Physiotherapy staff concerned at unfair treatment for women workers in the NHS have called on the TUC to develop strategies to address some of the inequalities and ingrained workplace problems.
Speaking at the annual women’s conference this week, CSP steward and Northumberland and Tyne and Wear physiotherapist Claire Kell shared some worrying details of abuse experienced by NHS colleagues, and described the impact on their work, health and relationships. She told conference delegates: ‘Women, who make up nearly 80 per cent of NHS staff, are experiencing unacceptable and distressing behaviour on a daily basis while trying to provide the best possible care for patients.
‘We need organisations to take action. Senior staff need to set an example as role models to make sure that staff understand what is and what is not acceptable behaviour.’
Her motion lobbying for greater support from the TUC in creating clear and robust policies to tackle bullying and harassment was unanimously carried.
At the same three-day conference, Mia Phillips, a physio at Royal National Orthopaedic Hospital and CSP steward, moved a motion on gender inequality in the NHS. She called on conference delegates to promote good examples of women in leadership roles, shame those institutions that continue to demonstrate inequality, and encourage more organisations to practice true equality for women and men employees.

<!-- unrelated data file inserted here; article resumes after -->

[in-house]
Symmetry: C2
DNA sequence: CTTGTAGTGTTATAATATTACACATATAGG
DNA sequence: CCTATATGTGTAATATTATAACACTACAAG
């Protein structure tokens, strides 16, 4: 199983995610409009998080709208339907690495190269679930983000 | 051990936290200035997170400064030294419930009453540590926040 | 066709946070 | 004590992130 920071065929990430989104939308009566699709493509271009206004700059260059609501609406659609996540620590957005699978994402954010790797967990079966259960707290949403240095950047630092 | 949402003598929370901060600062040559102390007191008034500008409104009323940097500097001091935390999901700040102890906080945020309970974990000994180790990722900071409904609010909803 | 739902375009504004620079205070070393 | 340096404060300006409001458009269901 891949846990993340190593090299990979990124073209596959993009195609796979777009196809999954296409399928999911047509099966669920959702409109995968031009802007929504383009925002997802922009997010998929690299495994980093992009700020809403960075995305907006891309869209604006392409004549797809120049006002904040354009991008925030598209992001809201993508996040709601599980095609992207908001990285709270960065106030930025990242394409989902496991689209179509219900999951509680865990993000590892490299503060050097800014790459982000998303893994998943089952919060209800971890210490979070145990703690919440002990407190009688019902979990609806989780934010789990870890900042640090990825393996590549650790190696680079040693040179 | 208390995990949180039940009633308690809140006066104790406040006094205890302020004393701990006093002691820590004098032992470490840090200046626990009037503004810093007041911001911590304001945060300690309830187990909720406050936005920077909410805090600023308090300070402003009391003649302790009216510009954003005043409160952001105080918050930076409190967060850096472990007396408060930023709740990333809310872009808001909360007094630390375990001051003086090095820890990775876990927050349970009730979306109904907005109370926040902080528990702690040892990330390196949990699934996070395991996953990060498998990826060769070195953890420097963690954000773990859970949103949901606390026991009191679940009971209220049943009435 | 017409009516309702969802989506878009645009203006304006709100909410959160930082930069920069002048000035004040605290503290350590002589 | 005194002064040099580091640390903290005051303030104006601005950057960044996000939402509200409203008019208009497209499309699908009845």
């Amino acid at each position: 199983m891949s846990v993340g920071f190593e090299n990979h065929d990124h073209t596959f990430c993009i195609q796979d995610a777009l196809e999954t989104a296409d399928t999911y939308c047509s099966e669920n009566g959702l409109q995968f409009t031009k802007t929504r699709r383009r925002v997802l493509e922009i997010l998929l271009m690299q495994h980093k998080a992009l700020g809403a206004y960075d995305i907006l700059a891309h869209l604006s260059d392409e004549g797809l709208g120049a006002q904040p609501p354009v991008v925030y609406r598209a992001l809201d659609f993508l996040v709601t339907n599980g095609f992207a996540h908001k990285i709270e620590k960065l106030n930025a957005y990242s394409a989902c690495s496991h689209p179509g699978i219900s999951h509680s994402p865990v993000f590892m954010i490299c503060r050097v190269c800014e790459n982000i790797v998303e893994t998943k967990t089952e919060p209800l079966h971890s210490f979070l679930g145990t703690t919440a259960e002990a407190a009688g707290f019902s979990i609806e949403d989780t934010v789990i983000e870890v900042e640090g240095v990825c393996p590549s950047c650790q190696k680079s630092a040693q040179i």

Ms Phillips said: ‘Across the NHS, women currently hold only 37 per cent of senior jobs. Women have been and continue to be the mainstay of so many healthcare professions, my own physiotherapy profession included, and it is time that women were playing an equal role in running the NHS.’
Delegates supported the argument, carrying the motion unanimously.
CSP steward Becky Portwood, a MSK physiotherapist at the Royal Free London NHS Trust, presented the CSP’s amendment to the USDAW motion on women’s poverty. She highlighted the need for affordable childcare: ‘I ask the TUC women’s committee to include in their campaign an emphasis on making flexible and affordable childcare more widely available, especially for those workers who have to work outside usual childcare provision times, like evenings and weekends.’
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